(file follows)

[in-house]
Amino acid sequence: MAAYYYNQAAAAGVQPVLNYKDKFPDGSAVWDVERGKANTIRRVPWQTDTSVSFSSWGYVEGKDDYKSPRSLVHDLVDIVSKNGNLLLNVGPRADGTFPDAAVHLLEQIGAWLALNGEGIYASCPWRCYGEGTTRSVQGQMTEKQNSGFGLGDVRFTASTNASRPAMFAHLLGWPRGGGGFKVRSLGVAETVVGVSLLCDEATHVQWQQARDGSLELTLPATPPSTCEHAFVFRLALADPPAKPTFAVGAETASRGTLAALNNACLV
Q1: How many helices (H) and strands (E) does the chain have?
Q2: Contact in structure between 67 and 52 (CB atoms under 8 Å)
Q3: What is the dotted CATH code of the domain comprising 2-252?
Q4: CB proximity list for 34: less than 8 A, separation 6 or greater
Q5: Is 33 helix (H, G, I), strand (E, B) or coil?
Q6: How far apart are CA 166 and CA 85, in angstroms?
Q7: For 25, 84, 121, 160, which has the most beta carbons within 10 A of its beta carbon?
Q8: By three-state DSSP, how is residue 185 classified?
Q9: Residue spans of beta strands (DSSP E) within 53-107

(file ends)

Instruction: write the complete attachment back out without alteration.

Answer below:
[in-house]
Amino acid sequence: MAAYYYNQAAAAGVQPVLNYKDKFPDGSAVWDVERGKANTIRRVPWQTDTSVSFSSWGYVEGKDDYKSPRSLVHDLVDIVSKNGNLLLNVGPRADGTFPDAAVHLLEQIGAWLALNGEGIYASCPWRCYGEGTTRSVQGQMTEKQNSGFGLGDVRFTASTNASRPAMFAHLLGWPRGGGGFKVRSLGVAETVVGVSLLCDEATHVQWQQARDGSLELTLPATPPSTCEHAFVFRLALADPPAKPTFAVGAETASRGTLAALNNACLV
Q1: How many helices (H) and strands (E) does the chain have?
Q2: Contact in structure between 67 and 52 (CB atoms under 8 Å)
Q3: What is the dotted CATH code of the domain comprising 2-252?
Q4: CB proximity list for 34: less than 8 A, separation 6 or greater
Q5: Is 33 helix (H, G, I), strand (E, B) or coil?
Q6: How far apart are CA 166 and CA 85, in angstroms?
Q7: For 25, 84, 121, 160, which has the most beta carbons within 10 A of its beta carbon?
Q8: By three-state DSSP, how is residue 185 classified?
Q9: Residue spans of beta strands (DSSP E) within 53-107